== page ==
July 3, 2019
The 7 Most Common Scams and Frauds of 2019 That Seniors Should Know About

The 7 Most Common Scams and Frauds of 2019 That Seniors Should Know About

There are so many scams going on these days that it’s tough to figure out what’s real and who’s just out to get your money or personal information. Scams seem to be more sophisticated than ever! We did some research to sort out the most common scams and frauds of 2019.

Please take a few minutes to become familiar with these scams so that you don’t fall for them! Additionally, never give out your personal information over the internet or over the phone.

Medicare Fraud with Genetic Testing

The U.S Department of Health and Human Services Office of Inspector General sent out an alert in June 2019 about Medicare fraud schemes that involved genetic, or DNA, testing. It sounds pretty strange, but these scammers will try to collect your saliva, name, date of birth, Medicare number, and even your insurance information.

Why? So that they can bill Medicare thousands of dollars under your name.

Scammers might offer free ice cream or gift cards at retirement communities, senior nutrition centers, or Medicare expos to anyone who will listen to their lecture on free DNA or genetic testing. Sort of sounds like a timeshare pitch, doesn't it?

Don't fall for it! Insurance Commissioner Glen Mulready says that Medicare will pay for genetic testing if it's medically necessary. The scammers will downplay this and sometimes completely ignore the medical necessity criteria.

The Commissioner gives the following advice to make sure you don't accidentally fall for this scam:

  • Don't accept any genetic testing kits that are mailed to you unless it was ordered by your doctor.
  • Do not give out your Medicare number to anyone who offers free genetic testing.
  • Look for charges on your Medicare Summary Notice statements for unnecessary tests or screenings that you didn't want or didn't receive.

Social Security Spoofing Phone Calls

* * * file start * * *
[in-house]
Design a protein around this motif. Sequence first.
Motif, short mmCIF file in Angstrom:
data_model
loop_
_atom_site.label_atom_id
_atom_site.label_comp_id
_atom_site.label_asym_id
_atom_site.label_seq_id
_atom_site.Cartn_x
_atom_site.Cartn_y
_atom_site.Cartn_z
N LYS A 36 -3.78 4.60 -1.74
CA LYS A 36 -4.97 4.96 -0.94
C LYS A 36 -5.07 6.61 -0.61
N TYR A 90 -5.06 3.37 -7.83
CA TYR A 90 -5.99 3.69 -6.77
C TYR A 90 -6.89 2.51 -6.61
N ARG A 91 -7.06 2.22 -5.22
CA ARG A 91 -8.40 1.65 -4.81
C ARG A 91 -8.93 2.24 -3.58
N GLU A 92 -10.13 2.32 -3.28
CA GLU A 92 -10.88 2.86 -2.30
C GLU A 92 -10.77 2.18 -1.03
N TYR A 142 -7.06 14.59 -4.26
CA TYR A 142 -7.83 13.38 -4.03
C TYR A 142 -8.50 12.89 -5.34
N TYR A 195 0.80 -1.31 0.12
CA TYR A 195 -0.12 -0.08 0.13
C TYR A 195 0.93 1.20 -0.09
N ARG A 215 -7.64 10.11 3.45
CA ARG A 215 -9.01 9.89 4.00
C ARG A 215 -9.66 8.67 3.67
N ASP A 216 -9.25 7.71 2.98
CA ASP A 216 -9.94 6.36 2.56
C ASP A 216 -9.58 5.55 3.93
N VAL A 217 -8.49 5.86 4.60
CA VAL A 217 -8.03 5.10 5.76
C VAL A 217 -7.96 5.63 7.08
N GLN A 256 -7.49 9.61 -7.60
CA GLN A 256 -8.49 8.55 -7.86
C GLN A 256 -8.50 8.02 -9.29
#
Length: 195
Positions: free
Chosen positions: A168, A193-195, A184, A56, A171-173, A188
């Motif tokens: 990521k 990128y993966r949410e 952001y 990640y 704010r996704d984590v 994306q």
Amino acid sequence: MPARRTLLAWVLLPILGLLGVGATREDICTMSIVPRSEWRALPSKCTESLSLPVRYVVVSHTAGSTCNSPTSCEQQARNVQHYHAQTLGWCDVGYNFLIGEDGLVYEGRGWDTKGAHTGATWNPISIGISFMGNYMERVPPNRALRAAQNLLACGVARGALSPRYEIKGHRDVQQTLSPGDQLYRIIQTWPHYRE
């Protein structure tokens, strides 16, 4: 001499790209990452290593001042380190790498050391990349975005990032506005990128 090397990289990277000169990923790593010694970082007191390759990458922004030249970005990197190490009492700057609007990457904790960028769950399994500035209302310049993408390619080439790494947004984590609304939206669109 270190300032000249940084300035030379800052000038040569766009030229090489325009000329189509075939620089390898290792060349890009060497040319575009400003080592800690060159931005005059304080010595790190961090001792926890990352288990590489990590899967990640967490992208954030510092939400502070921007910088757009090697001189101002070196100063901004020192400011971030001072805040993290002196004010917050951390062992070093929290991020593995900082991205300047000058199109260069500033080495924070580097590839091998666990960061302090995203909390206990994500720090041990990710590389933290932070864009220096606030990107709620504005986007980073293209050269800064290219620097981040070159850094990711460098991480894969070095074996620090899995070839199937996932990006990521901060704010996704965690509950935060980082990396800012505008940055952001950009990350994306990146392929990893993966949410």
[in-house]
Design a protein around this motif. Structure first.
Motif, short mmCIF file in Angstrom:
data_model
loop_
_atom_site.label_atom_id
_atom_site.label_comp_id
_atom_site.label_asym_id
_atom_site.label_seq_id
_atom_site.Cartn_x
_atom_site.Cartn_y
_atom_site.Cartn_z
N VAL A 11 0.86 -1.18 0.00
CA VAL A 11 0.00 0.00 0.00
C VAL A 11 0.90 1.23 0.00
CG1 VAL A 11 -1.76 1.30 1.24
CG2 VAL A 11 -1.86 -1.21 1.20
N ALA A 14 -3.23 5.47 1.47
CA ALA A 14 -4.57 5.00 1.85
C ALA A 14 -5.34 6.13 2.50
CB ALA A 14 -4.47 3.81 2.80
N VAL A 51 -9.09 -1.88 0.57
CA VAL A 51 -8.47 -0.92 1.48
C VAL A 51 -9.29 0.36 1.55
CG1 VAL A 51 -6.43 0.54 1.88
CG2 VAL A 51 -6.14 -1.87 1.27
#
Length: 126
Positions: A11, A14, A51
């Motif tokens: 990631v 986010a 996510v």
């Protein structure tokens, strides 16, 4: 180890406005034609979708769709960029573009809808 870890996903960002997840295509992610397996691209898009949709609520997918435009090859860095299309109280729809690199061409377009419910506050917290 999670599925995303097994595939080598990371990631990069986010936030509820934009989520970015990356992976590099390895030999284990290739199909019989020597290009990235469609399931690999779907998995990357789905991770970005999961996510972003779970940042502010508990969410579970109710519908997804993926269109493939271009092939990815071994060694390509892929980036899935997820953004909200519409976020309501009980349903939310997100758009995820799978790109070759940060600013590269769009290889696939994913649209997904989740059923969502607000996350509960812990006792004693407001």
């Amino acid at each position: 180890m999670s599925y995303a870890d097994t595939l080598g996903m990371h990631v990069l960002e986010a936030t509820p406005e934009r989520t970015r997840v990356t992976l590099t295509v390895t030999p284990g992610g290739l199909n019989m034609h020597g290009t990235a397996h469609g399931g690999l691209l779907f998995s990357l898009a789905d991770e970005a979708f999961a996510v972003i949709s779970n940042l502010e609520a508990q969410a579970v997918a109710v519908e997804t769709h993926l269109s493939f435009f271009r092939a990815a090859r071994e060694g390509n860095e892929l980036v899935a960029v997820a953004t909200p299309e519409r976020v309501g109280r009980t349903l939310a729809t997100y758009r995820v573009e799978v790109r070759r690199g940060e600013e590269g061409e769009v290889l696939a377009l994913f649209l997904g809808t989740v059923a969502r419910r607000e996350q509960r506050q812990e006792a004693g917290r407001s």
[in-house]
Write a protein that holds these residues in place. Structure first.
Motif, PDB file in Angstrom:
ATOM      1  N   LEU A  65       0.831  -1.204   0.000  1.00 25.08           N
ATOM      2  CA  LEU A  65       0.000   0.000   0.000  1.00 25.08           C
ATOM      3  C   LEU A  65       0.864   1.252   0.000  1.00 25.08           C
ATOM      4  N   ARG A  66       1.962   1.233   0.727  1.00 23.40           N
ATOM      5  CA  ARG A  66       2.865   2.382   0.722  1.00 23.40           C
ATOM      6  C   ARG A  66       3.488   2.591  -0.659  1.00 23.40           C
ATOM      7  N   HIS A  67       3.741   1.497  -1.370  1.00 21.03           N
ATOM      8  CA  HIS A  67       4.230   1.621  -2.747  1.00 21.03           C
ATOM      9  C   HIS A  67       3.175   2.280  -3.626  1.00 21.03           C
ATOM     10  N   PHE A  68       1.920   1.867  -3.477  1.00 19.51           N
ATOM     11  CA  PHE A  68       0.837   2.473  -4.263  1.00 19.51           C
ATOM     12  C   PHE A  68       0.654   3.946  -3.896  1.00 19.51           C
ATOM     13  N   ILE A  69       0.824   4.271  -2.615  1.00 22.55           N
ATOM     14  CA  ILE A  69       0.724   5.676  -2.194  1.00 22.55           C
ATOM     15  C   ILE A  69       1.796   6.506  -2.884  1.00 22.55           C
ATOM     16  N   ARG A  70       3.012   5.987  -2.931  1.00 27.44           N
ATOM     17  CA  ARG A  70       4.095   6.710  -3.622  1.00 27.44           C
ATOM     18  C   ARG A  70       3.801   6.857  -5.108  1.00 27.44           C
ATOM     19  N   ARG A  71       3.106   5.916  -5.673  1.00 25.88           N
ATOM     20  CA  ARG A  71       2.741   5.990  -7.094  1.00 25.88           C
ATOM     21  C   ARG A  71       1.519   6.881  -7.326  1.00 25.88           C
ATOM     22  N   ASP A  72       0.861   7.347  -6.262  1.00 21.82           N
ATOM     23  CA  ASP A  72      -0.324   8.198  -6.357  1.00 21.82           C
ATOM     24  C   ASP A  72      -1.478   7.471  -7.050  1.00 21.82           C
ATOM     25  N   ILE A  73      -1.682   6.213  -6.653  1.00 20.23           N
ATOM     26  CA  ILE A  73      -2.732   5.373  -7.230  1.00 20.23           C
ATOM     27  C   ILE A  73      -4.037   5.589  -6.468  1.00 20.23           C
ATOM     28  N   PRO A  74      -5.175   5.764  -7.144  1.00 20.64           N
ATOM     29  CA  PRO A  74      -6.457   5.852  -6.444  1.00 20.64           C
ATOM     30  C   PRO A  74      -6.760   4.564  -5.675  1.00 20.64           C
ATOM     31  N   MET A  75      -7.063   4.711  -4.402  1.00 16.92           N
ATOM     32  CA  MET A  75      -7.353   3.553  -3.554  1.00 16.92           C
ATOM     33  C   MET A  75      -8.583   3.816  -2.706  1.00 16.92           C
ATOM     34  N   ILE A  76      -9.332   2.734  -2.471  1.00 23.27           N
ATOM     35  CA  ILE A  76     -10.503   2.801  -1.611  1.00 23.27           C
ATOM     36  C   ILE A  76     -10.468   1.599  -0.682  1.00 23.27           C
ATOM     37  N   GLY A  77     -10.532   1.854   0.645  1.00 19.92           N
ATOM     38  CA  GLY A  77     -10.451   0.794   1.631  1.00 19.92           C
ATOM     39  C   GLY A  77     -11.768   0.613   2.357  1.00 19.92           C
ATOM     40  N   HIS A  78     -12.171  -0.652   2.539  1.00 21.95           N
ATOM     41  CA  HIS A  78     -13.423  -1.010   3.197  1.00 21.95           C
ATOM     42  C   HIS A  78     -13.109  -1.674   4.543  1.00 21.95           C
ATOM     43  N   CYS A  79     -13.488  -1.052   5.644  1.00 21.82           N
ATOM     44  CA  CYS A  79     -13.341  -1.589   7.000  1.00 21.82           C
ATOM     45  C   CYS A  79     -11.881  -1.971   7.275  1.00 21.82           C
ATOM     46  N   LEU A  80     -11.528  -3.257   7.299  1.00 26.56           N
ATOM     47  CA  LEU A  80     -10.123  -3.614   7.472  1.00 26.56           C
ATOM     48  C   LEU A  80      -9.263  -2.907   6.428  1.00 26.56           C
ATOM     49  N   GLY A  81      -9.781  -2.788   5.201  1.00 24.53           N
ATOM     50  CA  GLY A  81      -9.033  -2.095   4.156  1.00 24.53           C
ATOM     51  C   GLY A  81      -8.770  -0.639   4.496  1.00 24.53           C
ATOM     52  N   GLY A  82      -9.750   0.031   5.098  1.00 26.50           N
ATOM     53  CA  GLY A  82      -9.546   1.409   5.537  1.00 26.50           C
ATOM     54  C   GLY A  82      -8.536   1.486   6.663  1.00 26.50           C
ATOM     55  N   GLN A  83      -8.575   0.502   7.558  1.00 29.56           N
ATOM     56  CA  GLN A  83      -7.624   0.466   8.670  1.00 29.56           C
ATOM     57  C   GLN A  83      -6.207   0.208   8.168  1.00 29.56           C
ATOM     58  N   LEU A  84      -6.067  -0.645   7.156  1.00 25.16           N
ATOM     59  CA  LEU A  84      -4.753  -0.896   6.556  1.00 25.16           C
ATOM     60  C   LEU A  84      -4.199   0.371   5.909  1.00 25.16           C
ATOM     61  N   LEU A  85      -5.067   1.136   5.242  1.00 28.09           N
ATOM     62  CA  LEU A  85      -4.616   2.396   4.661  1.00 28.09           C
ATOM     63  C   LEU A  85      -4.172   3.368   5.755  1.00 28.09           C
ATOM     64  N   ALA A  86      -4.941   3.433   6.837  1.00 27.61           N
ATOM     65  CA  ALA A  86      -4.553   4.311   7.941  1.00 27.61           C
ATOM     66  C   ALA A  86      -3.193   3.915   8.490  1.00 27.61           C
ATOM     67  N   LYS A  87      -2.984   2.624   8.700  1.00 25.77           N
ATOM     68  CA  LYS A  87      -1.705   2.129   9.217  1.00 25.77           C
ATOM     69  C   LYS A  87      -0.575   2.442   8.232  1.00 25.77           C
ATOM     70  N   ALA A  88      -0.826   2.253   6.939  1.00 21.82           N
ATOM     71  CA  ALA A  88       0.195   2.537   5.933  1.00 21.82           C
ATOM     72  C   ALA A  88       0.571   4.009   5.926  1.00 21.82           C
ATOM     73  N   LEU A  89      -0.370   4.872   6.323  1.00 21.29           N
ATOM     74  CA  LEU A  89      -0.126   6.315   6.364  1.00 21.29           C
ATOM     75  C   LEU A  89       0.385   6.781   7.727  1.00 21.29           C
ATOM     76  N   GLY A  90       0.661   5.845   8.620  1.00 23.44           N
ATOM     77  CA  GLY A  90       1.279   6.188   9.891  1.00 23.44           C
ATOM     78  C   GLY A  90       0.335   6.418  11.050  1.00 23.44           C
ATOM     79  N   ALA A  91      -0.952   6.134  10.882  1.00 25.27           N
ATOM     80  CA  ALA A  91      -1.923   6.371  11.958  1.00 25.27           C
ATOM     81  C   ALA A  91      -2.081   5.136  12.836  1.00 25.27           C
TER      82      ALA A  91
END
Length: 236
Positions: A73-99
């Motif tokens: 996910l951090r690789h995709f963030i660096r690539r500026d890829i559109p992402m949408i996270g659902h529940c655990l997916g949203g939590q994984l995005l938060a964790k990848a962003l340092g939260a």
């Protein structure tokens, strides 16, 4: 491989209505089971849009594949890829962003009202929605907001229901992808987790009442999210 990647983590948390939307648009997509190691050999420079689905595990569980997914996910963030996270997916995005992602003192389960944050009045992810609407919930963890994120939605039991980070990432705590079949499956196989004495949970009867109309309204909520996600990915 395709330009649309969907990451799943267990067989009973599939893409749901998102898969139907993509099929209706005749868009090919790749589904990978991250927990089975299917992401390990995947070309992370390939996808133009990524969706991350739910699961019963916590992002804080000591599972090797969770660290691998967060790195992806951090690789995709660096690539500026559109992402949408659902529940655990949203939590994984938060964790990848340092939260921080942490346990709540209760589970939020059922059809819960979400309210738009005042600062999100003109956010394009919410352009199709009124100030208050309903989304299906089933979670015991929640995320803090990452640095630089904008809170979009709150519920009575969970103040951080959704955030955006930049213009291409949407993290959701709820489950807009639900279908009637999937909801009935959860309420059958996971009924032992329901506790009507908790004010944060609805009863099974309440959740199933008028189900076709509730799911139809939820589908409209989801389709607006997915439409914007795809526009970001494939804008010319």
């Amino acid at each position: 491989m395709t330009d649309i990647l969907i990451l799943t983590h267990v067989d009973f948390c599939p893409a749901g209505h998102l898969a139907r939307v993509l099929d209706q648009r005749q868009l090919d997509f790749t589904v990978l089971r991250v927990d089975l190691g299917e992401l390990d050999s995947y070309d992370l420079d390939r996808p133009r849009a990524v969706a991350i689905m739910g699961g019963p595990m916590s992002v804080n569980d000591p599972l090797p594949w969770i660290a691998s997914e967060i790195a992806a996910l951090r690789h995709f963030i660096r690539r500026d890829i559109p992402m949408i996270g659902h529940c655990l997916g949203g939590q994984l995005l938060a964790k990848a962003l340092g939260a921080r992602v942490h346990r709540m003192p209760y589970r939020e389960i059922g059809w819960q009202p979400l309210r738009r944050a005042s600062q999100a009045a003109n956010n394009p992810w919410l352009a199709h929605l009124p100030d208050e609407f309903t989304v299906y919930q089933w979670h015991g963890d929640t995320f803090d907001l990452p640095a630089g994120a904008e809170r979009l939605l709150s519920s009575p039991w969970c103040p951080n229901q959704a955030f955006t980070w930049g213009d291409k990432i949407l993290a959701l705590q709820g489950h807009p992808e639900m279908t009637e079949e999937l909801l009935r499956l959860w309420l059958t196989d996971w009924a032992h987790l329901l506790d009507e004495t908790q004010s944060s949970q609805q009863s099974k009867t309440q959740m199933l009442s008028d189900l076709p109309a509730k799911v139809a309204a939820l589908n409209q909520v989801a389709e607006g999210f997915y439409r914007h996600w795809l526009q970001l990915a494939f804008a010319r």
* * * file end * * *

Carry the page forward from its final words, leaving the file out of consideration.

In 2019, the Social Security Administration (SSA) reported a significant increase in fraudulent phone calls from scammers who claim to work for the SSA.

These callers are ultimately trying to convince the recipients to call another phone number, and they're very threatening about it. The Acting Inspector General of Social Security, Gale Stallworth Stone, says that these callers threaten that the citizen will be arrested or face other legal action if they fail the call the provided phone number.

They guise their scam by saying the citizen has experienced improper or illegal activity with their Social Security number (SSN).

In addition, don't be fooled by the number the scammers call from. Often times, they are able to spoof the caller ID so that it displays SSA's national customer service phone number, which is 1-800-772-1213. 

Be cautious, and know that a SSA staff member would never threaten you or ask you to call another phone number. If you receive a suspicious call, report it online at

Banking Scams

Banking scams come in all shapes and sizes, and you’re bound to experience at least one in your lifetime. The goal of these scams is to get access to your bank account, and unfortunately, they happen all the time, no matter the year.

The scammer might try a number of things, including:

  • A phone call where the caller explains your bank account has been compromised, and they just need you to confirm your account number to double check
  • A text saying your bank account has been overdrawn with a link that takes you a website where you input your account number
  • A company sets up an automatic debit from your bank account as part of a free trial or to collect lottery winnings